Acne breakouts are pretty much a part of adolescent life.
Some people have it worse than others but for most people, it starts to fade away towards one’s late teens. Unfortunately, there are people whose acne problems persist way longer and it can affect their self-esteem.
That happens to be the case for Abigail Collins, a 19-year-old sales adviser and criminology student from Glasgow Scotland. Her acne started breaking out when she was 10 years old but it only got worse over time until, by 2014, Abigail was suffering from severe cystic acne.
She said: “About five years ago it really peaked and my skin was the worst it’s ever been. I had constant breakouts and a new spot every day, leaving me with bad scarring now.”
“I’ve even struggled to get into relationships as I was so self-conscious about my skin and how it looked, especially to someone romantically, so I tried, and still do, to avoid this.”
“I don’t date purely because I don’t want anyone to think I’m a catfish or that I’m not being honest about the way I look. It’s so difficult to understand and see how another person interprets you.”
She became the “elephant in the room” at school because of her condition and was constantly picked on because of how different she looked.
To hide her condition, she would spend as much as two hours applying makeup.
Abigail continued: “I was bullied for years about my skin and the way I looked, mainly because nobody else looked the same as me which meant I was the elephant in the room every time.”
“My friends sometimes had negative things to say and would use my skin against me, which has left me with major trust issues when it comes to meeting new people.”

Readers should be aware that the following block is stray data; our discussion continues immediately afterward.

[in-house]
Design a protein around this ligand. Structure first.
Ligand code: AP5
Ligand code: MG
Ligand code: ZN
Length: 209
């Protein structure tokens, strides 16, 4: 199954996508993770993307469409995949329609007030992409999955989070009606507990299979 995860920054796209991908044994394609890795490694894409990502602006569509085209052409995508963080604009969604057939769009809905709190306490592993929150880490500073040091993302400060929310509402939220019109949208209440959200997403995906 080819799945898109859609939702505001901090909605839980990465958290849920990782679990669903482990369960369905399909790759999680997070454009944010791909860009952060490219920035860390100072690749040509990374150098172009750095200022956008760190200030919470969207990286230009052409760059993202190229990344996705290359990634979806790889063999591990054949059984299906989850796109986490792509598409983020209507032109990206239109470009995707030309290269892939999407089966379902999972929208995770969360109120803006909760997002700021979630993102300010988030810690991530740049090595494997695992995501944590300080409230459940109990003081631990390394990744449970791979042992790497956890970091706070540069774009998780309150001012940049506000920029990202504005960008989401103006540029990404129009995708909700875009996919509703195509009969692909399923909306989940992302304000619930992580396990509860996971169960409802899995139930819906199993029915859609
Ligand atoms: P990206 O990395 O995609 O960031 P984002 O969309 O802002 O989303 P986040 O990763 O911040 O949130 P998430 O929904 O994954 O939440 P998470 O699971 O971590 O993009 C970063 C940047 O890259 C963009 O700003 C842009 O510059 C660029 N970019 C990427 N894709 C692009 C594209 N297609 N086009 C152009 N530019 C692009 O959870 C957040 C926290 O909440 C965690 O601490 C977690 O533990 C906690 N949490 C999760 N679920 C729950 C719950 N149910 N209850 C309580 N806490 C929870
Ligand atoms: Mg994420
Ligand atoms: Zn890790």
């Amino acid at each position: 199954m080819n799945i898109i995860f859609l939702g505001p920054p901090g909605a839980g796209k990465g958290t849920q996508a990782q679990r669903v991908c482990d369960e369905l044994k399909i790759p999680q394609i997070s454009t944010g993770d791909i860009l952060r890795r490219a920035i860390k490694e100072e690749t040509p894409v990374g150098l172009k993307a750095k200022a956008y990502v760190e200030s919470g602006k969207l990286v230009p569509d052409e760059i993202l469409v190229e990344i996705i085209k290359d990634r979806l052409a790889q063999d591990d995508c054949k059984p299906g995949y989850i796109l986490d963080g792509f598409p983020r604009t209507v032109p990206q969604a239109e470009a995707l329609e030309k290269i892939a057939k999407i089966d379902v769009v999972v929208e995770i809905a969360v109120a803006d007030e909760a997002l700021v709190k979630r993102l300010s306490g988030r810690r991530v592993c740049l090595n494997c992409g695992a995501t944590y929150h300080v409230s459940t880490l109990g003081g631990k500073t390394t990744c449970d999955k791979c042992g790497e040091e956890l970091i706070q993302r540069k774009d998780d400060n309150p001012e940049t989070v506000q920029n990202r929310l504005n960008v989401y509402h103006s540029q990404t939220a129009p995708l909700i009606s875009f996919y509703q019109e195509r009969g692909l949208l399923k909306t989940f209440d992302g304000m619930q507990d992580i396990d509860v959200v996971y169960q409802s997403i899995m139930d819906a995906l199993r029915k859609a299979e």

“I felt like I had to wear makeup every day for school and I was often late because I had to make sure everything was covered so it would take me one or two hours to get ready.”
She added: “I have a few close friends from school who support me unconditionally and help me in any way they can, but I still often feel alone as I don’t know anybody first hand who has similar experiences to me or who looks like me. This made my self-acceptance difficult.”
As time passed, she realized that people didn’t really care about her looks so she dialed back on the makeup when going to lectures and reserves them for nights out instead.
She explained: “I struggled with the concept of having to move away for the university as I was scared I would get a bad reaction from people I would be living with.”
“I was very self-conscious at first and skipped lectures when my skin was bad, but when I went into the second year, I realized nobody cared.”
Abigail has taken her story to Instagram hoping that more people like her get inspired to accept their looks and embrace them.
She said: “Instagram has helped me so much as I’ve seen so many other people who look like me and made me feel less alone. It’s nice to be able to chat to people about how I’m feeling or how our skin is doing that day, which is something you can’t discuss with most people.”
“I hope to show others that acne doesn’t define you and that you’re never as alone as you feel. There are always people out there who can relate and understand what you are going through and can support you.”